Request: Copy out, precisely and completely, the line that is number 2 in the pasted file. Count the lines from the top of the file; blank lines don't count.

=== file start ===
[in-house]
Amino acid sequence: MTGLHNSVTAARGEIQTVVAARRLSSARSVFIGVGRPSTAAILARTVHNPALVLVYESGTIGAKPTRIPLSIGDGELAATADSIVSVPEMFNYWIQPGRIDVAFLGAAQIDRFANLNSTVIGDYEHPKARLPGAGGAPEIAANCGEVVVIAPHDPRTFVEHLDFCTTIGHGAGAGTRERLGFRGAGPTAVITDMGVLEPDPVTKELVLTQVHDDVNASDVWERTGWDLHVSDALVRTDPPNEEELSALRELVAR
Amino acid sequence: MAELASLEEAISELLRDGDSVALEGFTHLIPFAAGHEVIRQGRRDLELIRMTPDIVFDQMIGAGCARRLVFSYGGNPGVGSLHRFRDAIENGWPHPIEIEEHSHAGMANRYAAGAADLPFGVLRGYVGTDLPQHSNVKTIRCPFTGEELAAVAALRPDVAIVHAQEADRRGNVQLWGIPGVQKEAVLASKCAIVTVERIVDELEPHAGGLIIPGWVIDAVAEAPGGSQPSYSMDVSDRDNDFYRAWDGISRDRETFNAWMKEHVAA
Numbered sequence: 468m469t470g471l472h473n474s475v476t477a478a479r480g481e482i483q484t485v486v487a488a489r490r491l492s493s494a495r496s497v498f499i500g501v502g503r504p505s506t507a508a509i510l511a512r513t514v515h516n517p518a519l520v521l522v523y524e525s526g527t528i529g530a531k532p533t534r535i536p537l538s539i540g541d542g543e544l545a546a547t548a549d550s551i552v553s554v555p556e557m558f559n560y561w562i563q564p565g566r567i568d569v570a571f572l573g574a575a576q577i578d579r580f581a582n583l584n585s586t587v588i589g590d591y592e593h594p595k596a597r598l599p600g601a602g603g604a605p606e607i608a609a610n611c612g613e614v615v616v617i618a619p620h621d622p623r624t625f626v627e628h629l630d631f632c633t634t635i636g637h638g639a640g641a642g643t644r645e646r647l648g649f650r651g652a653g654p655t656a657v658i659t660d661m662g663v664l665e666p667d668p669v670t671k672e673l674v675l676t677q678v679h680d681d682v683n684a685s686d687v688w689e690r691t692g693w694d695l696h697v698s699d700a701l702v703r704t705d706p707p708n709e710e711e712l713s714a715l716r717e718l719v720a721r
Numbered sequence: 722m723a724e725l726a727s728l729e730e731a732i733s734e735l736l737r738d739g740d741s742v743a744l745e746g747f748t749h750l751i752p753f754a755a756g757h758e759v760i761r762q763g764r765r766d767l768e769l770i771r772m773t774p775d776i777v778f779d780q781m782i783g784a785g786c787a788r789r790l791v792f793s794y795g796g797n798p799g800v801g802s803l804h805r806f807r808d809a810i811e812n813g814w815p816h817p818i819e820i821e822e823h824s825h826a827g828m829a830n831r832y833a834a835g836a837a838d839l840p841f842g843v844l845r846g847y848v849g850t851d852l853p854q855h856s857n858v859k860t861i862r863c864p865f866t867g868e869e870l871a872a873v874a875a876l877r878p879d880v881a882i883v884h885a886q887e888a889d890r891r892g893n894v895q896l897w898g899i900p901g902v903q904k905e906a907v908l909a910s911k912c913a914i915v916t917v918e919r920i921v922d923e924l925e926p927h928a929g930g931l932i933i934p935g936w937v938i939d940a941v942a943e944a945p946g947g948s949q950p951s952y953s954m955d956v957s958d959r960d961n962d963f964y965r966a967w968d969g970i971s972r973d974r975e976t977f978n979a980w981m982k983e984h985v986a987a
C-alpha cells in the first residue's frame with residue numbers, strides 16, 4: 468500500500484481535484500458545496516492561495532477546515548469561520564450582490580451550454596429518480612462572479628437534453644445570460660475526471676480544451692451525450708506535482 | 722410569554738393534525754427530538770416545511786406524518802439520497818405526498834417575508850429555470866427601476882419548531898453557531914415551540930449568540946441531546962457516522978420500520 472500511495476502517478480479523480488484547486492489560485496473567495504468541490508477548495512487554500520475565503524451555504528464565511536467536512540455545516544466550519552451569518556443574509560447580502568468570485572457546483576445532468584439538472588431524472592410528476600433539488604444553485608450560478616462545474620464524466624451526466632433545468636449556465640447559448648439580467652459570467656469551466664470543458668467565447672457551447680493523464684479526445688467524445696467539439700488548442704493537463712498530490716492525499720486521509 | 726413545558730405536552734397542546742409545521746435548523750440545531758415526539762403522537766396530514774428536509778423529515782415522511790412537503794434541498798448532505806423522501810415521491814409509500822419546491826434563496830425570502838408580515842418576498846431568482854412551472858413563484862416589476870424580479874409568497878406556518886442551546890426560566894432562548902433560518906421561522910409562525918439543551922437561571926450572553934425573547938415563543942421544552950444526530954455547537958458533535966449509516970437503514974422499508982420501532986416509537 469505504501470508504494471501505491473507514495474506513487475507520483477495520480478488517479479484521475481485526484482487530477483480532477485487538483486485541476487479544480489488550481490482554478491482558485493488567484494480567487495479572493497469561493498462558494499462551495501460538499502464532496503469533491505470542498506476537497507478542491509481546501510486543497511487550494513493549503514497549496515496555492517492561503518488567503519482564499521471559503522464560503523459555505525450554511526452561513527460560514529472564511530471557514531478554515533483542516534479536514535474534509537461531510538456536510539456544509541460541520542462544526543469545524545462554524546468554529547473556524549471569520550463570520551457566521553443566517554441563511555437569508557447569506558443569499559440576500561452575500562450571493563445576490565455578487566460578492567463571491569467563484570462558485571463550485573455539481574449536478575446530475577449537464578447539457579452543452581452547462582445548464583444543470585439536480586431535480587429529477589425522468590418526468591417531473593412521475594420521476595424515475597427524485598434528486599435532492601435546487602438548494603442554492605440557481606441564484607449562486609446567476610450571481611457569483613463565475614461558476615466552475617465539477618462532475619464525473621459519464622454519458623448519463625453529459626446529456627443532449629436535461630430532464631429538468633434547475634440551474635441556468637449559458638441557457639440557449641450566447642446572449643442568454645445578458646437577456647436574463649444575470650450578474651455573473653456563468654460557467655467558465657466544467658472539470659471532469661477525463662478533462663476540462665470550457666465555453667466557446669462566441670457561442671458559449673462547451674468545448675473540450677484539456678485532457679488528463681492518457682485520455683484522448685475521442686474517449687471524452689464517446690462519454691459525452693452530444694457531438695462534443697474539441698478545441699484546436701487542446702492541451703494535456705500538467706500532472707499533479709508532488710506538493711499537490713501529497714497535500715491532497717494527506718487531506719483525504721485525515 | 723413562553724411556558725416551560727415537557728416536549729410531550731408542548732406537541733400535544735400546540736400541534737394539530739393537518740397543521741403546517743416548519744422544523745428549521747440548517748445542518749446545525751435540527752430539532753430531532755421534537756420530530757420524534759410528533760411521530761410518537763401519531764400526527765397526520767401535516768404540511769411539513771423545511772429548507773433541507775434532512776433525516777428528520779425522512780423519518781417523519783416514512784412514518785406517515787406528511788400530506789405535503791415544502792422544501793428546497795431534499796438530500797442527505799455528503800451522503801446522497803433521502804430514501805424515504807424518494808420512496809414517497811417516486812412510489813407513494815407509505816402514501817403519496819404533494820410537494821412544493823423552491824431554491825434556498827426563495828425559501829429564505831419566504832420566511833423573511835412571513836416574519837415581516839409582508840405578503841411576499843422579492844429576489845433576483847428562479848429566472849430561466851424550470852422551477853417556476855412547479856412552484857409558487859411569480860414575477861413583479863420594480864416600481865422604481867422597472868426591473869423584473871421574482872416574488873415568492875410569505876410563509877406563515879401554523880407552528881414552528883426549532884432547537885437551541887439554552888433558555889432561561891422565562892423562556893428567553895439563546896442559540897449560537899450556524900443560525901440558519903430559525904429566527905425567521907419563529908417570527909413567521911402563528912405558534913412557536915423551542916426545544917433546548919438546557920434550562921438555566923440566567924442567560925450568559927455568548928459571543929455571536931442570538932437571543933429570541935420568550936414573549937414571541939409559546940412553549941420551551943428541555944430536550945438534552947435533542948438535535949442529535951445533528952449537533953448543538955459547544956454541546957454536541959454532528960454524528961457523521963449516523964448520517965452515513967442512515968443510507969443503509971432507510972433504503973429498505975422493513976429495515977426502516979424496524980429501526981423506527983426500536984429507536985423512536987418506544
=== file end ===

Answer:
Amino acid sequence: MTGLHNSVTAARGEIQTVVAARRLSSARSVFIGVGRPSTAAILARTVHNPALVLVYESGTIGAKPTRIPLSIGDGELAATADSIVSVPEMFNYWIQPGRIDVAFLGAAQIDRFANLNSTVIGDYEHPKARLPGAGGAPEIAANCGEVVVIAPHDPRTFVEHLDFCTTIGHGAGAGTRERLGFRGAGPTAVITDMGVLEPDPVTKELVLTQVHDDVNASDVWERTGWDLHVSDALVRTDPPNEEELSALRELVAR